You Don’t Get To Decide If You’re Racist. Others Do.

Some things should never have to be said, but here we are.

Imagine I’m seated behind you on a cross-country red-eye flight. The cabin is dark and silent as most passengers, including you, are trying to get something approximating normal rest before what’s sure to be a rough morning. Then, out of nowhere: a sharp, sudden kick in your back. Then another kick. And another. Indignant, you turn around and see me, seat reclined well past the personal boundaries of the passenger behind me, tossing cheddar popcorn all over my face and mumbling the chorus to Rebecca Black’s “Friday” as I repeatedly and for no reason whatsoever kick you in your back.

“Excuse me sir,” you say politely. “Could you please stop doing…all of that? I’m trying to sleep and you’re being annoying.”

“No I’m not,” I breezily tell you with a mouth full of popcorn, semisolid pockets of orange cheese powder caulking the interior crevices of my mouth, obviously having given the matter zero thought.

“Oh my god, I’m so sorry!” you apologize, mortified at your humiliating faux pas. “It seems I’ve made a terrible error in my rush to judgement!”

“Whaevah,” I slur back, rolling my eyes and making a jerkoff motion as I resume kicking your seat. You return to your thoughts, ashamed at how your awful mob mentality lead to you falsely branding an innocent man as annoying. Think of the damage you could’ve done to his career!

This conversation has happened zero times in human history, and we all know why. There are many, many words and phrases in the English language — most of which involve some type of value judgement — where you have little to no say in whether or not they apply to you, especially if you’re the type that struggles with honest self-criticism.

So if we can reasonably agree on this simple, intuitive premise for trivial, day-to-day disputes, why in God’s name do so many white people think they get to decide if they’re being racist or not?

If everyone says you made an ass of yourself at the party, you made an ass of yourself at the party. If everyone says you’re drunk, you should hand over your keys. And if you’re being “wrongfully” called racist so often that you’re complaining about it like it’s some normal problem every white guy can relate to, it’s because you’re a fucking racist.

Yet somehow, millions and millions of Not Racist Americans who ridicule the very idea of white privilege and racism decided to prove how Not Racist they are by utilizing the whitest, most privileged logic imaginable and informally declaring that they, not people of color, get to decide what qualifies as “racist”. And hey, wouldn’t you know! Turns out the bar for what constitutes racism is astronomically high and specific!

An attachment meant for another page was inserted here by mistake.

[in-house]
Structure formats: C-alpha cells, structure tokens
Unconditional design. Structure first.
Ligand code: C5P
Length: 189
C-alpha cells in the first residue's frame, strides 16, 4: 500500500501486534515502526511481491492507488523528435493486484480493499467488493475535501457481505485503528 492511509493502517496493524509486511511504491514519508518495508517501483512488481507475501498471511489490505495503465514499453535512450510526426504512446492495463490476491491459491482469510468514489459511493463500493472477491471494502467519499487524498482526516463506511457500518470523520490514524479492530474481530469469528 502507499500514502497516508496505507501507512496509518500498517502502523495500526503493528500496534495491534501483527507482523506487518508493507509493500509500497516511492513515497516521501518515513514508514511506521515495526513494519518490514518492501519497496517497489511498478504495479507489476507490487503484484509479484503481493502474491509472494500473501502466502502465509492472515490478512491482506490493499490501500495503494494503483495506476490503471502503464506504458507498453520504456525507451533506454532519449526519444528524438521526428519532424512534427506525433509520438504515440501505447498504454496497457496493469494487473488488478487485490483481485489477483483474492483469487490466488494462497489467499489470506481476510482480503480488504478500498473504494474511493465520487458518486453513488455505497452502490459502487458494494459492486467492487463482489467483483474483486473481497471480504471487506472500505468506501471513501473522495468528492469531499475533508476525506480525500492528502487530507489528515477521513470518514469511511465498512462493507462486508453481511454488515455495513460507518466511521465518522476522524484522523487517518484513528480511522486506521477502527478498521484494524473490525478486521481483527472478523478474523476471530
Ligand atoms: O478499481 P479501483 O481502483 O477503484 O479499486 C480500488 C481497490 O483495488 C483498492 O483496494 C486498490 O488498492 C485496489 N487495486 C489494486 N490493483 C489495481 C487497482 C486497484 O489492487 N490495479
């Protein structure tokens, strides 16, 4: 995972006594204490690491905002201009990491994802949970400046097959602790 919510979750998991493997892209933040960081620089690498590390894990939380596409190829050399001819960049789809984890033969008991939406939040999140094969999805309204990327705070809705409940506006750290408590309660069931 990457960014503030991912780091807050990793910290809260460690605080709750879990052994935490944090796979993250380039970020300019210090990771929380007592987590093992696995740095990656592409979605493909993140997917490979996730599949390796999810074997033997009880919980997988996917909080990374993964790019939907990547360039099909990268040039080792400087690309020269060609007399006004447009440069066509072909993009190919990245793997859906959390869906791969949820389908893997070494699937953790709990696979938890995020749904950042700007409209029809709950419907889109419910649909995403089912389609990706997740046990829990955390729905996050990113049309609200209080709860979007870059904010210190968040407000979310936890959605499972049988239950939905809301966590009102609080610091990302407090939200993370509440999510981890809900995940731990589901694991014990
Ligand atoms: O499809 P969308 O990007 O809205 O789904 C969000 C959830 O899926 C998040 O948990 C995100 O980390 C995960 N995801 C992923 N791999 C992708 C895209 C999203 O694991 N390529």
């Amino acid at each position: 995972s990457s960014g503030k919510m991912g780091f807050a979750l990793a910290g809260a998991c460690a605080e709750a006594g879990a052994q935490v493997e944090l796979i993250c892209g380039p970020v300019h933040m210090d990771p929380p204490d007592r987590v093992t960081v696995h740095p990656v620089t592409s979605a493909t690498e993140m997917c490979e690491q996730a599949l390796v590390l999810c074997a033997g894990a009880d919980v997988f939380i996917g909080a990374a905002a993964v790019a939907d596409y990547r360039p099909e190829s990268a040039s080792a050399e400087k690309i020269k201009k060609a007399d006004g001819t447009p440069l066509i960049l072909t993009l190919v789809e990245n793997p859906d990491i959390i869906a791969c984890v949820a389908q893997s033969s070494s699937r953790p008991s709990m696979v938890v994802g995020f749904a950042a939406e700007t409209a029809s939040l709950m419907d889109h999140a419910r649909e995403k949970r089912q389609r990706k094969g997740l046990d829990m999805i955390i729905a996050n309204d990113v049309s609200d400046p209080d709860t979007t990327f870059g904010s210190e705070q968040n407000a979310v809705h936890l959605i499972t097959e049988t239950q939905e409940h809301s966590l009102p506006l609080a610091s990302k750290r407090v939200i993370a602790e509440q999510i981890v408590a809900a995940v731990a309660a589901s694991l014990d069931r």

What an astounding coincidence!

Except that wasn’t enough. Not Racists, it turns out, were still constantly finding themselves violating their own ridiculously stringent criteria for bigotry, despite not not having a racist bone in their body, and were growing faintly aware that they were starting to come across as total assholes. Despite the Not Racists’ repeated insistence they were being “misinterpreted” and, if given an opportunity to explain themselves, could clear up this whole 400 year-old misunderstanding in a jif, they decided the whole “having a respectful, mature conversation with black people” thing was more of a temporary stopgap. Talking wouldn’t be enough. America deserved better. The African-American community deserved better. We needed a long-term, forward-thinking plan if our nation’s darkest moral stain ever were to truly fade.

So they decided that as long as you start a sentence with “I’m not racist, but…” everything you say afterwards is okay.

In 2020, “I’m not racist, but…” has become something of a punchline, but it’s impossible to overstate the influence its underlying principles have on conservative culture. Even though the specific phrase may have slightly fallen out of style, the sentiment behind it, that a white person can say whatever racist thing he wants without consequence as long as, at some point, he half-assedly waves his magic wand and declares it Not Racist, is the underlying principle shaping the vast majority of how the Right perceives race: a de facto assumption of white authority, even in a subject where the white person is objectively not the authority.

Recall that our present national calamity began with an “I’m not racist, but…” when Trump said 1) he was running for President, and 2) Mexicans are all a bunch of rapist drug dealers. (Not all of them of course — some of them are too young to have commit their first rape yet, obviously — just like 97% of them.) Since then, in spite of the endless string of dog whistles and Nazi sympathizing, the Right still sees nothing wrong with having an old white guy with no credentials whatsoever simply pop up on Fox News and helpfully inform us that the Left are “The Real Racists” and black people are fine with the President gives shout-outs to the Klan.